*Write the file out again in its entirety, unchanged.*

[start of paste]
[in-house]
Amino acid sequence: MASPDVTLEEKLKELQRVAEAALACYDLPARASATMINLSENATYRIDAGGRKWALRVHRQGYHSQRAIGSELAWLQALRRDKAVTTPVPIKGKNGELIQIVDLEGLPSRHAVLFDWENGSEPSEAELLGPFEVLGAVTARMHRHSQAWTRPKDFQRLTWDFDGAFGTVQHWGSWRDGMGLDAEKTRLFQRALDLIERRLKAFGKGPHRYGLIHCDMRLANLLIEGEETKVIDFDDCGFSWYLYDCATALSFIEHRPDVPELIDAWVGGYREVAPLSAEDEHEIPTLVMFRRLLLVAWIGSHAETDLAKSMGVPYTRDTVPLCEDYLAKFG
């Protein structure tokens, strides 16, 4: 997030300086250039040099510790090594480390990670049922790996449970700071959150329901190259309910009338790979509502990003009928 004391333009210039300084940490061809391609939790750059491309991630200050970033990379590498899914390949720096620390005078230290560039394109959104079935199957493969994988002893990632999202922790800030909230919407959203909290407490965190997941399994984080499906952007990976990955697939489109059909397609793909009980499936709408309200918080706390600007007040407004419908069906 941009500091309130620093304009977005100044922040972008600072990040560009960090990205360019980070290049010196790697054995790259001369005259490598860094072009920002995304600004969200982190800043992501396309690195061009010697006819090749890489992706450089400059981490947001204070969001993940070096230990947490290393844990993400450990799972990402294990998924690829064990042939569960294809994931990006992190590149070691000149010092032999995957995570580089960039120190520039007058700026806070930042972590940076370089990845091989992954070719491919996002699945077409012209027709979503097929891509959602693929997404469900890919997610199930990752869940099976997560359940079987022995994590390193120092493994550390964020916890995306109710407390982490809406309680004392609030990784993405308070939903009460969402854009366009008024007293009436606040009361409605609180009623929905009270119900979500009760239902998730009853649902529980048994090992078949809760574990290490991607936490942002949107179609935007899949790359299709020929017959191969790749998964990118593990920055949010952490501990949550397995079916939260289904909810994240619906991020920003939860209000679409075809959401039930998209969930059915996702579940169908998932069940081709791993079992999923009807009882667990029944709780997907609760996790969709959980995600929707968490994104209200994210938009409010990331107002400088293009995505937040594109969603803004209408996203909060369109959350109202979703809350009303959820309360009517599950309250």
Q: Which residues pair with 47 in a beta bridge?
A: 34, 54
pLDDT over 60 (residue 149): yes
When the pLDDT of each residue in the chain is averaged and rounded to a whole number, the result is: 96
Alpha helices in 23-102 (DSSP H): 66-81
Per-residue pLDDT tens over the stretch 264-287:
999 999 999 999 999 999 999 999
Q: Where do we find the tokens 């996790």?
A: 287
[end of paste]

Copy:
[in-house]
Amino acid sequence: MASPDVTLEEKLKELQRVAEAALACYDLPARASATMINLSENATYRIDAGGRKWALRVHRQGYHSQRAIGSELAWLQALRRDKAVTTPVPIKGKNGELIQIVDLEGLPSRHAVLFDWENGSEPSEAELLGPFEVLGAVTARMHRHSQAWTRPKDFQRLTWDFDGAFGTVQHWGSWRDGMGLDAEKTRLFQRALDLIERRLKAFGKGPHRYGLIHCDMRLANLLIEGEETKVIDFDDCGFSWYLYDCATALSFIEHRPDVPELIDAWVGGYREVAPLSAEDEHEIPTLVMFRRLLLVAWIGSHAETDLAKSMGVPYTRDTVPLCEDYLAKFG
């Protein structure tokens, strides 16, 4: 997030300086250039040099510790090594480390990670049922790996449970700071959150329901190259309910009338790979509502990003009928 004391333009210039300084940490061809391609939790750059491309991630200050970033990379590498899914390949720096620390005078230290560039394109959104079935199957493969994988002893990632999202922790800030909230919407959203909290407490965190997941399994984080499906952007990976990955697939489109059909397609793909009980499936709408309200918080706390600007007040407004419908069906 941009500091309130620093304009977005100044922040972008600072990040560009960090990205360019980070290049010196790697054995790259001369005259490598860094072009920002995304600004969200982190800043992501396309690195061009010697006819090749890489992706450089400059981490947001204070969001993940070096230990947490290393844990993400450990799972990402294990998924690829064990042939569960294809994931990006992190590149070691000149010092032999995957995570580089960039120190520039007058700026806070930042972590940076370089990845091989992954070719491919996002699945077409012209027709979503097929891509959602693929997404469900890919997610199930990752869940099976997560359940079987022995994590390193120092493994550390964020916890995306109710407390982490809406309680004392609030990784993405308070939903009460969402854009366009008024007293009436606040009361409605609180009623929905009270119900979500009760239902998730009853649902529980048994090992078949809760574990290490991607936490942002949107179609935007899949790359299709020929017959191969790749998964990118593990920055949010952490501990949550397995079916939260289904909810994240619906991020920003939860209000679409075809959401039930998209969930059915996702579940169908998932069940081709791993079992999923009807009882667990029944709780997907609760996790969709959980995600929707968490994104209200994210938009409010990331107002400088293009995505937040594109969603803004209408996203909060369109959350109202979703809350009303959820309360009517599950309250």
Q: Which residues pair with 47 in a beta bridge?
A: 34, 54
pLDDT over 60 (residue 149): yes
When the pLDDT of each residue in the chain is averaged and rounded to a whole number, the result is: 96
Alpha helices in 23-102 (DSSP H): 66-81
Per-residue pLDDT tens over the stretch 264-287:
999 999 999 999 999 999 999 999
Q: Where do we find the tokens 């996790």?
A: 287